Michigan State International Law Review, 2013, Vol. 21, Issue 3, pp. 647-663
17 Pages Posted: 16 Nov 2012 Last revised: 10 Dec 2013
Date Written: January 20, 2013
India has recently introduced some digital rights management (DRM) provisions to the Indian copyright law with the objective of providing “adequate” protection for copyrighted material in the online digital environment. Film industry was one of the biggest lobbying groups behind the new DRM provisions in India, and the industry has been consistently trying to portray online piracy as a major threat. The Indian film industry also extensively uses John Doe orders from the high courts in India to prevent the access of Internet users to websites suspected to be hosting pirated material. This paper explores two questions in the context of the new DRM provisions in India: (1) Is online piracy a threat to the Indian film industry? and (2) Are the present measures taken by the film industry the optimal measures for addressing the issue of online piracy? Based on data from an extensive empirical survey conducted in India, this paper questions the claims of the industry that online piracy is at a substantial level in India. The Internet usage related data in India also support the findings from the empirical survey. However, the paper observes that pirated Indian movie content is abundant in the Internet and this shows the existence of strong demand for those content. Based on a careful analysis of different websites hosting pirated Indian movies, the paper illustrates that the most probable consumers of those pirated movies are the millions of (potential) consumers residing abroad. The paper argues that the enactment of DRM provisions under Indian copyright law or wide sweeping John Doe orders may never be a solution for such piracy. Piracy of Indian movie content abroad is primarily attributable to the failure of the Indian film industry to explore innovative business models to reach (potential) consumers abroad. The paper argues that the Indian film industry may achieve sustainable solutions for online piracy only by making the legitimate products reach those consumers.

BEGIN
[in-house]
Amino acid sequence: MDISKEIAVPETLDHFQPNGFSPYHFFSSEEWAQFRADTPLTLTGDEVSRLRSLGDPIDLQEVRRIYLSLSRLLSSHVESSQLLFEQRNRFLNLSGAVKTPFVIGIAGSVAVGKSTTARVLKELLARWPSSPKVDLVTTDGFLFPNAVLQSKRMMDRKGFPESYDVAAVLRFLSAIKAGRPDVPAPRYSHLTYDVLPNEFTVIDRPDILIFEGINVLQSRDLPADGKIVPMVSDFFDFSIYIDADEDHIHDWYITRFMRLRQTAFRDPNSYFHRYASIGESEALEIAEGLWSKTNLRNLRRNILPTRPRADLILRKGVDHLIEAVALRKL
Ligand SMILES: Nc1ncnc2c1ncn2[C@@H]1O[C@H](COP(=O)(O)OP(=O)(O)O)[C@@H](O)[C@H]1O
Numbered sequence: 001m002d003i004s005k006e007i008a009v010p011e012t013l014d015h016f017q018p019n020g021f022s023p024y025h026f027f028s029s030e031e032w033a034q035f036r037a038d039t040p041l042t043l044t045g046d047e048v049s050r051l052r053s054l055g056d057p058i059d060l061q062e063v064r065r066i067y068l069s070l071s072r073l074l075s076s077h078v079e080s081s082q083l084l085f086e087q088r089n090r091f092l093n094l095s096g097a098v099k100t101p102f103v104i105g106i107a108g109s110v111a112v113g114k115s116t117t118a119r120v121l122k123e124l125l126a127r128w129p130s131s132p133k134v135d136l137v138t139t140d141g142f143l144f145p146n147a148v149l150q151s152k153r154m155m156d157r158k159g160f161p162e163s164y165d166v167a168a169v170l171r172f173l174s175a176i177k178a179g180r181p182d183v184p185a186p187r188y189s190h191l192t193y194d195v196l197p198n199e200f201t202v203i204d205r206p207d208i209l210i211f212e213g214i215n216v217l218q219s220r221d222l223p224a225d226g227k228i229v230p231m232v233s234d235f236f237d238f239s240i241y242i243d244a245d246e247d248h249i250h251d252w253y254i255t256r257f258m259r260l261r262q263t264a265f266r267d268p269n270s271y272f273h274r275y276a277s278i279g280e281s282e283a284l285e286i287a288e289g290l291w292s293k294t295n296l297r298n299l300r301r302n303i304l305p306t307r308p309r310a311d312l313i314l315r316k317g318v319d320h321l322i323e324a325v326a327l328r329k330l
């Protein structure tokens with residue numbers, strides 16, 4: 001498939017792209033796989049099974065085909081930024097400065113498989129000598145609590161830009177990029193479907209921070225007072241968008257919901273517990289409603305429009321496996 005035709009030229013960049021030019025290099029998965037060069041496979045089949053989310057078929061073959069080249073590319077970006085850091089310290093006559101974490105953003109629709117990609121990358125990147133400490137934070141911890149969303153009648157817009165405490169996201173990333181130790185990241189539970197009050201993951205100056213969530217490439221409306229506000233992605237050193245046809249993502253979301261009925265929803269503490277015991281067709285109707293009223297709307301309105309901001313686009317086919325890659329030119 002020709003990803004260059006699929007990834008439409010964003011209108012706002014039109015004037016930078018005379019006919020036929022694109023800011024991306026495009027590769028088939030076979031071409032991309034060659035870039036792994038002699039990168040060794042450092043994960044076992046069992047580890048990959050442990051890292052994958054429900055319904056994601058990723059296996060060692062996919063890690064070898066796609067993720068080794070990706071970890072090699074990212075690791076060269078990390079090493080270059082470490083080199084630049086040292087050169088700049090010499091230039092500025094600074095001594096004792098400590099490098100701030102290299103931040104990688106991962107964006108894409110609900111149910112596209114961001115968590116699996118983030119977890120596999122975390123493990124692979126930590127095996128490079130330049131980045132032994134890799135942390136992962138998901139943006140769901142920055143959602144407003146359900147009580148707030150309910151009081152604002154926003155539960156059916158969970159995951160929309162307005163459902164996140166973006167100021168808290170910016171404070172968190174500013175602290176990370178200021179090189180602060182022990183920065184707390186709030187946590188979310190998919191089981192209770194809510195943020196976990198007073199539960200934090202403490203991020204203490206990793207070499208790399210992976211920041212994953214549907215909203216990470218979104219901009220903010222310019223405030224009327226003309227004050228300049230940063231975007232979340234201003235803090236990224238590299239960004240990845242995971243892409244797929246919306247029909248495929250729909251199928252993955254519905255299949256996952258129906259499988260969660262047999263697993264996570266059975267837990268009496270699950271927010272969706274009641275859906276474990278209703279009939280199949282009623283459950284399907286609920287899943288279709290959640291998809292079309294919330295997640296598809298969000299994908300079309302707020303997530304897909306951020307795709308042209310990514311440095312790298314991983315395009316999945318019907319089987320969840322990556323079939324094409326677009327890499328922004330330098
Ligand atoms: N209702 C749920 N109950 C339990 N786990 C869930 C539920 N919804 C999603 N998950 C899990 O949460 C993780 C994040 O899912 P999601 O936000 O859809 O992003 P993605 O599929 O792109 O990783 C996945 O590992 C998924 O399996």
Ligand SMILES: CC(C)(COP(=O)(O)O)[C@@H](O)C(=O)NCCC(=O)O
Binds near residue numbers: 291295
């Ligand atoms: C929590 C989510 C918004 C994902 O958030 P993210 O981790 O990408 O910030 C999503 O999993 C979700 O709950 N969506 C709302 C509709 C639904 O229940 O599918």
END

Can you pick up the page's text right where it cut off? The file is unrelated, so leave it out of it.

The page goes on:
Keywords: Indian film industry, Film industry, Piracy, DRM, John Doe orders, Ashok Kumar orders, Copyright (Amendment) Act 2012, Copyright enforcement
Suggested Citation: Suggested Citation
Scaria, Arul George, Online Piracy of Indian Movies: Is the Film Industry Firing at the Wrong Target? (January 20, 2013). Michigan State International Law Review, 2013, Vol. 21, Issue 3, pp. 647-663. Available at SSRN: https://ssrn.com/abstract=2175621 or http://dx.doi.org/10.2139/ssrn.2175621